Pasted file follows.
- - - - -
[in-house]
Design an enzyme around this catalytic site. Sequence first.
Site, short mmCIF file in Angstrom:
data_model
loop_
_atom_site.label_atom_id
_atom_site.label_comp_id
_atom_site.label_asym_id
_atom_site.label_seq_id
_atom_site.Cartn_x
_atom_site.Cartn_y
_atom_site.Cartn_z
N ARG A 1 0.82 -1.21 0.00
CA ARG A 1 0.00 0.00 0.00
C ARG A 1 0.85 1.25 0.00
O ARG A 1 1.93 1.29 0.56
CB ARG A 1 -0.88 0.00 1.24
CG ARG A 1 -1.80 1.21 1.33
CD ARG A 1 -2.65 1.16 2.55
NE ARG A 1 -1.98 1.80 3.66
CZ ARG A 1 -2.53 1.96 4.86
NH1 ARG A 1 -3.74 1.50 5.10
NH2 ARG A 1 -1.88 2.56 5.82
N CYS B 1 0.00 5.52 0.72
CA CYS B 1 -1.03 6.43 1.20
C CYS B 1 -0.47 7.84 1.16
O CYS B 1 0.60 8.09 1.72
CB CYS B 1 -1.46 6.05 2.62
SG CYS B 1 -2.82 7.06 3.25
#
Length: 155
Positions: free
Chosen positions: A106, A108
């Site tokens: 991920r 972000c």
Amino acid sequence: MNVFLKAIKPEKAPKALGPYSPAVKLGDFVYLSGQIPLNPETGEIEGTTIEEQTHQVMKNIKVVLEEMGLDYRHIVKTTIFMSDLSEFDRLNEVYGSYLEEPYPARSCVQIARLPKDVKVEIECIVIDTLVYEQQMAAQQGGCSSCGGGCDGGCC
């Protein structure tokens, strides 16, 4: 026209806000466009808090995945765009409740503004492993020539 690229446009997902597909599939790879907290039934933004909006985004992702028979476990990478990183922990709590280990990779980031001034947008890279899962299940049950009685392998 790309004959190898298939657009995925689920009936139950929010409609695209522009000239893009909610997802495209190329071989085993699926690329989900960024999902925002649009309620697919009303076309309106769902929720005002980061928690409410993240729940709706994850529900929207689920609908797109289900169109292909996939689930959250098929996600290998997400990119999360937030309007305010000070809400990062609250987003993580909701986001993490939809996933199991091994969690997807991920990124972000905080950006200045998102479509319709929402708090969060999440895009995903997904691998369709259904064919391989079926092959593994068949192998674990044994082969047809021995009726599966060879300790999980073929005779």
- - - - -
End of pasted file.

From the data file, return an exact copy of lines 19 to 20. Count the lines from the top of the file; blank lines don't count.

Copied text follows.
CD ARG A 1 -2.65 1.16 2.55
NE ARG A 1 -1.98 1.80 3.66